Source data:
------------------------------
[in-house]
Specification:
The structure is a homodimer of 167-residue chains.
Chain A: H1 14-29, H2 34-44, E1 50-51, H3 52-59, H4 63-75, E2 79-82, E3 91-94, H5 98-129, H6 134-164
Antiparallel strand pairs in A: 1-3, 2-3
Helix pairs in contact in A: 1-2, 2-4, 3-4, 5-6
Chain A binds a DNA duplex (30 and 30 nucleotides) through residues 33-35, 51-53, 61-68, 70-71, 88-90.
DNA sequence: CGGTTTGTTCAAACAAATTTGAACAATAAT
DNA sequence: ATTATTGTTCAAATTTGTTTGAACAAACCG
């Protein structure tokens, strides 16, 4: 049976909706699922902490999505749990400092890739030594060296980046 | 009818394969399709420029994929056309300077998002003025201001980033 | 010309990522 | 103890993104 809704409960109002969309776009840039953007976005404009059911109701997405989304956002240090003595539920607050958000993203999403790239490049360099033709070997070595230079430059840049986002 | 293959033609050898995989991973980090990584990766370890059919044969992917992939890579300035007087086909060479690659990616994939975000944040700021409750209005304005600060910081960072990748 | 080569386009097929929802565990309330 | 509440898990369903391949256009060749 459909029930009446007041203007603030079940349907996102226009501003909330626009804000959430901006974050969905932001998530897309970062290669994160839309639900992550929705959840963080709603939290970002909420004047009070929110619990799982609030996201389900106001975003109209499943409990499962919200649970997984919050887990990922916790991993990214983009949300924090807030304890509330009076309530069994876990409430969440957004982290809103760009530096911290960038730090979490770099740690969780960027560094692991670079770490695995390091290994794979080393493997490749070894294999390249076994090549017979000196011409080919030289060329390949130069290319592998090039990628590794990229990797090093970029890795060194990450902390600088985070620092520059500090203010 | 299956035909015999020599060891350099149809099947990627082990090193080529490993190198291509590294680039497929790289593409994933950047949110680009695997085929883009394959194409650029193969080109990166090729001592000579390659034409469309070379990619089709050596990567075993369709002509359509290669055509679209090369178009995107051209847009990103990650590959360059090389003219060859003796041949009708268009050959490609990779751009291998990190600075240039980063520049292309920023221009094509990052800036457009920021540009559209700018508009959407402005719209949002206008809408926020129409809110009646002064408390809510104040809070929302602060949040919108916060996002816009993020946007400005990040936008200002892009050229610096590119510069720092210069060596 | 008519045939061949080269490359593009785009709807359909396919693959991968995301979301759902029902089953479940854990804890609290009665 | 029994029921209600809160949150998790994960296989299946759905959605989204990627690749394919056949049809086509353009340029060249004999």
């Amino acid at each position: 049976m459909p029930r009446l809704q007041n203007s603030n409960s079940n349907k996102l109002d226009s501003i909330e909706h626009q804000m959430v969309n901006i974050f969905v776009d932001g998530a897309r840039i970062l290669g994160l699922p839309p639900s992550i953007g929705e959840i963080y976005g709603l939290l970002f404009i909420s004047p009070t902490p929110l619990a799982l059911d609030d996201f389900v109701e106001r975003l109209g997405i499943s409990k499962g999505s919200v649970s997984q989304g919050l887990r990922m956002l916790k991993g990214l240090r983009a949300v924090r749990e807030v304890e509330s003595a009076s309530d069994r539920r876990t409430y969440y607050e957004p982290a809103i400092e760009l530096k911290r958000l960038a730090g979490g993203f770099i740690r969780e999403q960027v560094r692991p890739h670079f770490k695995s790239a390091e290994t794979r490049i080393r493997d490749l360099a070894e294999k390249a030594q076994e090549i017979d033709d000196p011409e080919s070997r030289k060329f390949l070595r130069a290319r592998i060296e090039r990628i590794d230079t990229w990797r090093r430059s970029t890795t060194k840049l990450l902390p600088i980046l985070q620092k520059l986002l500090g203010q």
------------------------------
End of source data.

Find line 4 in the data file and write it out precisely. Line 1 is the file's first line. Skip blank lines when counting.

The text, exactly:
Chain A: H1 14-29, H2 34-44, E1 50-51, H3 52-59, H4 63-75, E2 79-82, E3 91-94, H5 98-129, H6 134-164